- Stolen Skills, Power, and Knowledge
The Water Dancer draws on the common understanding that slavery is a system of stolen labor, and emphasizes that enslaved people were also robbed of their knowledge, skills, and power. It explores this point by showing all the ways in which enslaved people were more competent, talented, and knowledgeable than their enslavers, and by even depicting some of the characters born into slavery as having superpowers.
- Water, Movement, And Freedom
Water and movement are central elements of the Water Dancer; together, they represent the freedom that the enslaved characters in the novel are constantly seeking. Water and movement are tied together in several ways, the first of which is water dancing, something Hiram’s mother Rose and aunt Emma used to do when he was a child.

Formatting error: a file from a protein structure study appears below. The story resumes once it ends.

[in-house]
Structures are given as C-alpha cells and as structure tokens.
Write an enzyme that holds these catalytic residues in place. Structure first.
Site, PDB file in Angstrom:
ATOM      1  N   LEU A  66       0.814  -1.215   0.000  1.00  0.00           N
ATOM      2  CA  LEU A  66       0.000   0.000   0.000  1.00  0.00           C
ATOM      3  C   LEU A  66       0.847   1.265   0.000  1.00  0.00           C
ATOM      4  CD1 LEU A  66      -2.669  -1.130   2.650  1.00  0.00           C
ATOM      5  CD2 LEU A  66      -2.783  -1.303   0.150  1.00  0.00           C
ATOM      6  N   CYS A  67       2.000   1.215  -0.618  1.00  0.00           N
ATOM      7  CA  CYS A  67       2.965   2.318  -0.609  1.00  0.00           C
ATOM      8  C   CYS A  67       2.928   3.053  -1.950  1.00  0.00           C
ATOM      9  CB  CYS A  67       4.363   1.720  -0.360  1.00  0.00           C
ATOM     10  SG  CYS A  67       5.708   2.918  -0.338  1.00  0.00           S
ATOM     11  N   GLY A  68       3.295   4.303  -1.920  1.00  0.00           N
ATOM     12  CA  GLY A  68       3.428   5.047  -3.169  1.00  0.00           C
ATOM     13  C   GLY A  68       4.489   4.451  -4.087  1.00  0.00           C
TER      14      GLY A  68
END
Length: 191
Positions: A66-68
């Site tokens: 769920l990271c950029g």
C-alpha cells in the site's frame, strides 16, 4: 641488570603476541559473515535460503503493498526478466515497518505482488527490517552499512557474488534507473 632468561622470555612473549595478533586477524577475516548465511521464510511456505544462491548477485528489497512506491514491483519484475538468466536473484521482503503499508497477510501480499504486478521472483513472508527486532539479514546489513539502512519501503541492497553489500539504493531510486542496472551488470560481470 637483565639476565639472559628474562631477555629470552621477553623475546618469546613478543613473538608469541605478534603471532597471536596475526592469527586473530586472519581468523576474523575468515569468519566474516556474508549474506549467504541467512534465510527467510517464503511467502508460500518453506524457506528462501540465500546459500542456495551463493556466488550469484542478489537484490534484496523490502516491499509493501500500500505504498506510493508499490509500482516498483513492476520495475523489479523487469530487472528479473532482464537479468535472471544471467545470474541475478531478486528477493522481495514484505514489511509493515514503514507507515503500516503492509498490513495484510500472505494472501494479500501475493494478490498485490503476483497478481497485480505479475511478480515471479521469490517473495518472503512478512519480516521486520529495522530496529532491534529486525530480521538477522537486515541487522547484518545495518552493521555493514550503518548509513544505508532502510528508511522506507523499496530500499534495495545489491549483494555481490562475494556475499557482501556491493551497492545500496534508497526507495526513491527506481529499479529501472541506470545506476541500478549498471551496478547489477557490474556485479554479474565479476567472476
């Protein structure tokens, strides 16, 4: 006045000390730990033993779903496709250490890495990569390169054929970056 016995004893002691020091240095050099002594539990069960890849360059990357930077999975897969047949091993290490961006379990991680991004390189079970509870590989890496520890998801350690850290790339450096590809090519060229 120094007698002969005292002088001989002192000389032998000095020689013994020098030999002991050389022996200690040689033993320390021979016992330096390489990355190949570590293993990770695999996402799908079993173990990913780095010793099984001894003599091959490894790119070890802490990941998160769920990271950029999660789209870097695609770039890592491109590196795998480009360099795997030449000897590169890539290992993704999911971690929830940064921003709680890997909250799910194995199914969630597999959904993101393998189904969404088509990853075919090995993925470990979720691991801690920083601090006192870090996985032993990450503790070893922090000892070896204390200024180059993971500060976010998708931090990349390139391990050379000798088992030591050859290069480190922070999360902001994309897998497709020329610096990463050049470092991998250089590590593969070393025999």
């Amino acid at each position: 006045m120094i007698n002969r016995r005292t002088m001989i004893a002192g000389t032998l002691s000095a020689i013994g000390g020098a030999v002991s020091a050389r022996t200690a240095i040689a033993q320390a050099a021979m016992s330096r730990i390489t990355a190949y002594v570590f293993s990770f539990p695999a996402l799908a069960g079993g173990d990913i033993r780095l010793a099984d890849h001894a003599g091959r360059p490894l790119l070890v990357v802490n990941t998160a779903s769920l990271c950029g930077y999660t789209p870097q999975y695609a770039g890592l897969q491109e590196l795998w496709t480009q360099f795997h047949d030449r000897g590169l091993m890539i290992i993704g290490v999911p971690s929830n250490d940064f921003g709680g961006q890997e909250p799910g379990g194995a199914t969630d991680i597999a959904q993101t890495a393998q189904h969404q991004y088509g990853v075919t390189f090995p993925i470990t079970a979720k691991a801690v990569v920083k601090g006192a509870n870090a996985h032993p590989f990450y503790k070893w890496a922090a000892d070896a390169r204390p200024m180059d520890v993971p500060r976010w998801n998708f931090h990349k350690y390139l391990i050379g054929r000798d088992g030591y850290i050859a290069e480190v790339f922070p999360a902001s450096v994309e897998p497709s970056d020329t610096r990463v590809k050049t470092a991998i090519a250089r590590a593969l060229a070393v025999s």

- Humanity Vs. Inhumanity
The Water Dancer depicts the brutally dehumanizing system of slavery, yet it also shows the ways in which enslaved people experienced their own humanity under this system. It largely does so by showing the emotional lives of the characters, most significantly the protagonist, Hiram. Rather than focusing on the violence and degradation that constitute life under slavery, the novel foregrounds Hiram’s thoughts, feelings, and (extraordinary) abilities. Alongside this, it also suggests that white people are truly dehumanized by slavery. Not in the sense that they are oppressed, but rather because they erode their own humanity by degrading the humanity of others.